Chamomile (Matricaria chamomilla) is an easy to grow garden flower that’s often used in skin care products such as lotion, soap, salves, and other items for itchy, irritated, or sensitive skin. Internally, the tea is calming, soothes upset stomachs and anxiety, and promotes relaxation.
Chamomile is so easy to start from seed, so if you have a garden spot, I encourage you to try growing some.
Years ago, I grew a small patch of chamomile in my garden by simply sprinkling seed over the dirt and raking it in, and it has reliably self-seeded and spread each year since.
If you’re allergic to ragweed, there’s a slight chance you may have an allergic reaction to chamomile too, so be sure to spot test any new chamomile product on your skin and avoid if it triggers itching or allergy.
Free Chamomile Printable!
Before we get into the ways to use chamomile – here’s a handy printable all about growing and using German chamomile!
Feel free to share with friends and especially the younger generation, helping to carry on the legacy of using what grows around you. 🌿
More free plant printables are scattered throughout the site, including:
- Dandelion Printable in my article: 12+ Things to Make with Dandelion Flowers
- Purple Dead Nettle Printable in my article: 9+ Things to Make with Purple Dead Nettle
- Violet Printable in my article: 10+ Things to Make with Violets
(You may print copies of my free printables to share with scout groups, garden clubs, etc. Just make sure the copyright information stays attached at the bottom and do not sell them for personal gain. Links WILL change as printables get updated over time – please link to this page when sharing, not the exact printable to avoid broken links.)
What to Do with Chamomile Flowers
Here are ten pretty and useful ways to use chamomile flowers!
1. Chamomile Infused Oil
Chamomile infused oil can be used to make lotion bars, lip balm, soap, deodorant, body butter, and more!
To make the infused oil:
- Fill a small canning or other heatproof jar about half way with dried chamomile blossoms. (It’s fine if some of the leaves and stems get in too.)
- Pour oil over the flowers until the jar is almost full, leaving a little bit of room for expansion and shaking.
- If you’re going to use the oil for soap, try infusing olive oil. Sunflower is a great choice for lip balms, lotions, etc. or you could choose something like rice bran, apricot kernel, or sweet almond oil. (I love using the organic oils from Mountain Rose Herbs for my skincare products.)
- At this point, you can infuse the slow way (my favorite method), or if you’re in a hurry, the quicker way. You’ll also need to use the quick method if you’re infusing something that’s solid at room temperature, such as coconut oil.
To infuse the slow way, just put a lid on your jar of herbs and oils and tuck them away in a cabinet for at least four weeks, shaking occasionally.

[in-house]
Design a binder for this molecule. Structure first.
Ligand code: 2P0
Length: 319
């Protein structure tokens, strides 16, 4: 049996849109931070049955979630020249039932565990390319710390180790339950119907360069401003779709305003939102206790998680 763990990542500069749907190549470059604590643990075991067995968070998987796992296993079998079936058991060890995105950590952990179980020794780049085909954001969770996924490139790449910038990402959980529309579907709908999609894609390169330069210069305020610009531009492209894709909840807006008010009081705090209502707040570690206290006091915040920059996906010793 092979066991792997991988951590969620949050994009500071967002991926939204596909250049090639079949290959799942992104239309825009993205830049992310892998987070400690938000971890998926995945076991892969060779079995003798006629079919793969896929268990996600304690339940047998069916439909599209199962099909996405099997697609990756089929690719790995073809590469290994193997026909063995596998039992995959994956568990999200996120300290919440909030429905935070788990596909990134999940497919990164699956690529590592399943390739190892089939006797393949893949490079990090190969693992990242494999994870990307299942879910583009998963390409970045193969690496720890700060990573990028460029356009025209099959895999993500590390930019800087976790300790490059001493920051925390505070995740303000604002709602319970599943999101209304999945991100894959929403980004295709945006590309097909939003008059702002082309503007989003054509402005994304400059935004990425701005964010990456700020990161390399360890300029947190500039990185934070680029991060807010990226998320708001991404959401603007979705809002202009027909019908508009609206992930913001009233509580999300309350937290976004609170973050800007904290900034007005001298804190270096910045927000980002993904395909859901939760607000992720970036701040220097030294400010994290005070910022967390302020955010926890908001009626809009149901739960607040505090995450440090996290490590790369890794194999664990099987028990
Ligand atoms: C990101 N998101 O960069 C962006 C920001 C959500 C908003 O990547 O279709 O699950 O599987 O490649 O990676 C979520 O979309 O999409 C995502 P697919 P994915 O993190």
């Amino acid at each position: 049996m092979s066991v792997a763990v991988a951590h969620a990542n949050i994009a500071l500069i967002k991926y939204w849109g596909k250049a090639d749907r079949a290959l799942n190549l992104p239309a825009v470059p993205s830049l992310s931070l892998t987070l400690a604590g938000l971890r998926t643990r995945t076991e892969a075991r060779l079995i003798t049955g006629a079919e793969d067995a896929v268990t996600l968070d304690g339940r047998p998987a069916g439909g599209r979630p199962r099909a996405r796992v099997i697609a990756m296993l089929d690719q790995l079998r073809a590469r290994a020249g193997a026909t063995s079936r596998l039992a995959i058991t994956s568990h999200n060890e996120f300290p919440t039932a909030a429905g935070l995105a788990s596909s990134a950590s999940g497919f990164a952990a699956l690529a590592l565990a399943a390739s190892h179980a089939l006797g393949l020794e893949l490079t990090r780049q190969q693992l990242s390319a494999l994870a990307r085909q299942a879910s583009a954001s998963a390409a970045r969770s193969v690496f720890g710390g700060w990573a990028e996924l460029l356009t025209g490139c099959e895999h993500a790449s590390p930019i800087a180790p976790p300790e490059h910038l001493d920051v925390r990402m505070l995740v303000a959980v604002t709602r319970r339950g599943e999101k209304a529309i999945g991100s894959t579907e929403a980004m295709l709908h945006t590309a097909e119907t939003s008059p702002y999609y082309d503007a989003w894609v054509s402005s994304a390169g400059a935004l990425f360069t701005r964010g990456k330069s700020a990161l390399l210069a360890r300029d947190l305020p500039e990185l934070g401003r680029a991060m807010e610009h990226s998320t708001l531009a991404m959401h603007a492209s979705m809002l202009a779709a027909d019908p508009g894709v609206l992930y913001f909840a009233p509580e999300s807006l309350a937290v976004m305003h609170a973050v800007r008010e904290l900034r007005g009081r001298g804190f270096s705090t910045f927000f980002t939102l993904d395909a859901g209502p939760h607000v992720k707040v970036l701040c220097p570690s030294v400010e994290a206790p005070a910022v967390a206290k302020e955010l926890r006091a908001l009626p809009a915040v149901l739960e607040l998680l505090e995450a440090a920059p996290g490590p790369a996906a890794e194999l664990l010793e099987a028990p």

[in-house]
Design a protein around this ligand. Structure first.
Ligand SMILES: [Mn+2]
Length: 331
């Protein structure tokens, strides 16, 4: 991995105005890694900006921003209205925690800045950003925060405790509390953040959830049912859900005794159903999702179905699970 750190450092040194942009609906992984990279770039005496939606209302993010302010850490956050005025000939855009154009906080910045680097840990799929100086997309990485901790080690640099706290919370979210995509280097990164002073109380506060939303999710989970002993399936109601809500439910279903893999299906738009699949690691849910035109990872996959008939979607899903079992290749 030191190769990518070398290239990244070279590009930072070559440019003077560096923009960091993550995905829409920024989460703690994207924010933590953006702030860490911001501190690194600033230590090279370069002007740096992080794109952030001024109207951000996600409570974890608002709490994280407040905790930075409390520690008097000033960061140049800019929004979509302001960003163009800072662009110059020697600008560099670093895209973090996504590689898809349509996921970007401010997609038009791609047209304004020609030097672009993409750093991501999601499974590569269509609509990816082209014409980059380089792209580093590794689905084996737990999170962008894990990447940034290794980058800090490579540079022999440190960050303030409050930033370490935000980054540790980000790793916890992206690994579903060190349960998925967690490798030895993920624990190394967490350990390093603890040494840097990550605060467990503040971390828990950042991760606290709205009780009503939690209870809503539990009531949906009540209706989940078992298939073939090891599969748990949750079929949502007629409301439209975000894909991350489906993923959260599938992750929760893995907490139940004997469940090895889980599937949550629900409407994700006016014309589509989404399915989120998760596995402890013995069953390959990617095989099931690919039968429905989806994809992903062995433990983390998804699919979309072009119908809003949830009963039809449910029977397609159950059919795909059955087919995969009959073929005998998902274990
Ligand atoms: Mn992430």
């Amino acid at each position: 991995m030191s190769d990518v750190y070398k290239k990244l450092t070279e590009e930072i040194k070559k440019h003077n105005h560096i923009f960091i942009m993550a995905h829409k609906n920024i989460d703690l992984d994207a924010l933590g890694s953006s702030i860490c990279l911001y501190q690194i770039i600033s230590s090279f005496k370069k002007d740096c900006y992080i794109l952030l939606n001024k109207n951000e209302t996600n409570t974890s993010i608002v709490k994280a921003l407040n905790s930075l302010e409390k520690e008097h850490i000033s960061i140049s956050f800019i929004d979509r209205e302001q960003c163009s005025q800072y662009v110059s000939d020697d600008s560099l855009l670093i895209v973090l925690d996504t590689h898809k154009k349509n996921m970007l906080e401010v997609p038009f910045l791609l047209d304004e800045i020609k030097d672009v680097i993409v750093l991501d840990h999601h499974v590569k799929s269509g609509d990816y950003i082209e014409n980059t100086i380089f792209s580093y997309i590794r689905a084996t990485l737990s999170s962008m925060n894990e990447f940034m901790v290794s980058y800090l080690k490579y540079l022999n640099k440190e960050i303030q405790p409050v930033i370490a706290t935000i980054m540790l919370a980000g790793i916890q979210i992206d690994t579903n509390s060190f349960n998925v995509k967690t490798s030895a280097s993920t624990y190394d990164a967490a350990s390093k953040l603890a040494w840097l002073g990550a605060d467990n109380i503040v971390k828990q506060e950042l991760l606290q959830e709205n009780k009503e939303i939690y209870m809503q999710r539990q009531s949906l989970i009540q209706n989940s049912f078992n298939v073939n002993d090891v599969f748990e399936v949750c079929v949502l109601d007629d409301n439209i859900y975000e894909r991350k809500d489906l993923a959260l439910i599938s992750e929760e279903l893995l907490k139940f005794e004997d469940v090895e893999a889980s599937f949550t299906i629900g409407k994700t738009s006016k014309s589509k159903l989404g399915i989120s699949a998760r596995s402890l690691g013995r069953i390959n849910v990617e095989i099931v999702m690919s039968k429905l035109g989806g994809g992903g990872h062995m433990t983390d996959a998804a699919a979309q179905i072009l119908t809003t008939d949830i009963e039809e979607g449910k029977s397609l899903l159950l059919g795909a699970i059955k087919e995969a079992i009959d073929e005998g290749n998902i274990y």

For a quicker infusion, keep the jar uncovered, set it down into a saucepan containing a few inches of water and let this heat over a low burner for around two hours. Remove from heat and use a portion of it right away for a recipe. Then top the jar off with fresh oil, cover it with a lid and let it infuse the slow way for a few weeks longer, for use in future projects.
Once the oil is infused to your satisfaction, it can be strained and stored for around 9 months to a year, or until you’re ready to use it.
2. Chamomile & Sweet Orange Deodorant
I made this deodorant using chamomile infused coconut oil, and scented it with sweet orange and frankincense essential oils.
You’ll also need:
- shea or mango butter
- arrowroot powder
- white kaolin clay (or baking soda)
Find the full recipe at:
3. Chamomile Lip Balm (with printable labels)
These lip balms are perfect for smoothing over rough, dry, or chapped lips. I also have some labels that you can print out for your lip balms!
- chamomile infused oil
- castor oil (or more infused oil)
- shea or mango butter
- beeswax (or candelilla wax for vegan version)
Find the recipe & the printable labels at:
HERBAL SALVES & BALMS
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4. Bath Salts or Soaks
It’s easy to make pretty chamomile colored and scented bath salt – you just need fresh chamomile flowers and any type of salt.
If I’m using the finished salt to make bath bombs (as in the next project), I use sea salt. For bath soaks, Epsom salt is a good choice too.
For the full recipe, visit:
5. Chamomile Bath Bombs
Use the chamomile salt from above to make these bath bombs.
- 1 1/2 cups baking soda
- 3/4 cup citric acid
- 1/2 cup chamomile salt
- 2 tbsp chamomile infused coconut or other oil
- 20 to 25 drops lavender essential oil, optional
- Witch hazel in a spray bottle
- 1/3 or 1/2 cup measuring cup for a mold
How to make:
- Stir together the baking soda, citric acid, and chamomile salt together in a medium mixing bowl, working out any clumps with your fingers.
- In a separate bowl, combine the infused chamomile coconut oil (melted) with the lavender essential oil, if using.